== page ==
In July, I completed the ﬁrst cohort of Buddhist Chaplaincy Training Program conducted by the New York Zen Center for Contemplative Care (zencare.org). It was a remarkably enriching experience, and quite demanding academically. One requirement was an individual, special project that manifested the student’s reﬂection on learning to care for others with close attention and compassion. One student made a collage, another wrote a poem. One student developed a workshop designed to train executives in leading with compassion, another wrote a manual for chaplains on ceremonies for dying patients and their friends and families at the death event.
For my special project, I chose to “spread the Dharma” by reproducing and distributing the artwork of a prisoner at Huntingdon SCI. Kevin expressed the initial idea. One morning, Kevin said to me, “Carole, the Christians get to have a picture of Jesus or Mary on their cell walls. I wish I could have a picture of the Buddha for my wall; but I really need a Buddha that I can take down and use as an altar when I meditate.” Kevin’s request stayed with me for months. Then, without very much planning, research or deep contemplation, I found a way to fulﬁll his need and produce a meaningful project for my chaplaincy training.
I had pored over ten years of Buddhism magazines and several commercial import websites, looking for the perfect Buddha statue to use as a “Cell Buddha.” Then Carlos did something that touched my heart. He sent me a wonderful present for Mother’s Day, an original painting of the Buddha, drawn and painted by a fellow inmate on a square of cloth, similar to a Tibetan thangka. It is special when a prisoner ﬁnds a way, with the meager resources available, to practice generosity and compassion. I cherish the beautiful, handmade greeting cards I get from inmates. They open my heart. After shedding bittersweet tears of gratitude and sadness, I keep them near my home altar.
“Snail” Mail doesn’t fully describe the pace of communicating with people in prison. What you and I can do with one e-mail exchange often takes months in communicating with prisoners. I wrote to Carlos, Carlos talked with Robert Walls, the artist who created the painting, and sent me his name and I.D. number. I wrote to Robert Walls asking permission to reproduce and distribute his artwork. I felt it was important to request permission, as prison inmates have very few empowering experiences. I complimented Robert on his artwork and told him about Kevin’s request. I told him of my desire to have the Cell Buddha sent to the Spirit Sangha and perhaps to many inmates across the country and perhaps internationally. I said, “Robert, through your art, you have the capacity to bring peace of mind and joy into the cells of thousands of prisoners.” Robert replied with the following:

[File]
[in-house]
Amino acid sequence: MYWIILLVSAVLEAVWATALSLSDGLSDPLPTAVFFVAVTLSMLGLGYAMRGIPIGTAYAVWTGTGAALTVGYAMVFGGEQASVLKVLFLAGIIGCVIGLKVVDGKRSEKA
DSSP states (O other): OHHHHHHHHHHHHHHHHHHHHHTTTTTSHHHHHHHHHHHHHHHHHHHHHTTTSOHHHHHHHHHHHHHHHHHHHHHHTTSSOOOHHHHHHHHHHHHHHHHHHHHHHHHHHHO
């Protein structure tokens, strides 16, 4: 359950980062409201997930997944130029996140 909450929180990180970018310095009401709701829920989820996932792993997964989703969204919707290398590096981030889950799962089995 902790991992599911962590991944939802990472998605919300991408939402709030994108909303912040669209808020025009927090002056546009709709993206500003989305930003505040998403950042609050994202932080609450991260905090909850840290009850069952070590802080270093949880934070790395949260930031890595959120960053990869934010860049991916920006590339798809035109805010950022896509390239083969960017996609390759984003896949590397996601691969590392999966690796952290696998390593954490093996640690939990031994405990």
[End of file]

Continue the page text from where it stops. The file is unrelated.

Yes you have my permission. I like drawing for other people. If it brings joy to others, then I’m doing my job and it brought tears to your eyes. I am glad you like it and you put a smile on my face. Your letter inside the card you sent made me smile for the ﬁrst time in 18 ½ years.
It is my fervent intention to give Robert many more smiles in the future. He may not be a Buddhist, but he has earned a special, bodhisattva membership in the Spirit Sangha.
I spent several hours reducing and copying Robert’s artwork and cutting and folding the heavy photographic paper so an inmate can stand it up to use as an altar. I made two trips to the nearest copy center in Chambersburg. The Cell Buddhas and a short newsletter giving its background went to ﬁfteen prisoners who are members of the Spirit Sangha. I had to reduce it to ﬁt into a #10 business envelope in order to comply with mail restrictions in Virginia. Four-inch tabs fold back from the Buddha’s knees and interlock to make a stable, triangular base.
Several inmates have written thank-you letters and commented on the little Cell Buddha, including Kevin, of course. Herb, a fellow artist at Red Onion State Prison in Virginia, wrote, “This Cell Buddha is a brilliant idea!” Kris, a student of Kadampa Tibetan Buddhism in Maryland, said, “Thank you so much for the Buddha. He is sitting at the end of my bed right now.” And Carlos, whose friendship and generosity initiated the project, wrote, “You took me by surprise when you told me I was helping to bring happiness to thousands of prisoners. It blew my mind to read that. It made me feel really good about myself.”
I encourage you to go to www.prisonDharmanetwork.org and sign up to be a pen-pal to a prisoner. They have a list of prisoners waiting for someone to regard them as human beings, waiting for interbeing, waiting for your letters. The need is so great, and the rewards are unsurpassed. There are other organizations as well that conduct prison mission work. It doesn’t take too much time; it’s safe (just rent a Post Ofﬁce box); and you will never regret opening your heart in this way.
My promise to Robert is that I will offer his artwork to several Buddhist organizations that conduct prison projects in hopes that his Cell Buddha can be distributed to prisoners throughout the world. Thank you, Robert; thank you, Carlos; thank you, Thay; thank you, Buddha.
Carole Baker, Healing Joy of the Heart, lives in Shade Gap, Pennsylvania.
*Last names of inmates were deleted because prison ofﬁcials might object to certain types of communication between inmates. However, the author wants Robert Walls’ name to be printed in full, so he can get credit for his artwork.